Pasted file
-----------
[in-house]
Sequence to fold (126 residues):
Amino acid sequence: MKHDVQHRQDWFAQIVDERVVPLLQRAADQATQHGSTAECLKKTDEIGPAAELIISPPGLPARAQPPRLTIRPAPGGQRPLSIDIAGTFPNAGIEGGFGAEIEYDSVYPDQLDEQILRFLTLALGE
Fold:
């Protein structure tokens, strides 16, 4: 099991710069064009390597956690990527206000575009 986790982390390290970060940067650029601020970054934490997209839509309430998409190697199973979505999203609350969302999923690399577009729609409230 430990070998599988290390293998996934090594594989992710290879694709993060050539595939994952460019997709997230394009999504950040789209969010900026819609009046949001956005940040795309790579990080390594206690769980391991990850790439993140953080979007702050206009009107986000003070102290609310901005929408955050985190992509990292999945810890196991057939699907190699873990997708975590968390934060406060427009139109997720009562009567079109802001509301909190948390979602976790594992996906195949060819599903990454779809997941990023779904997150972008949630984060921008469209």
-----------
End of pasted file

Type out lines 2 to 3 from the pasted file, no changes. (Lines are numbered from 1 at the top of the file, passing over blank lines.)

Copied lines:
Sequence to fold (126 residues):
Amino acid sequence: MKHDVQHRQDWFAQIVDERVVPLLQRAADQATQHGSTAECLKKTDEIGPAAELIISPPGLPARAQPPRLTIRPAPGGQRPLSIDIAGTFPNAGIEGGFGAEIEYDSVYPDQLDEQILRFLTLALGE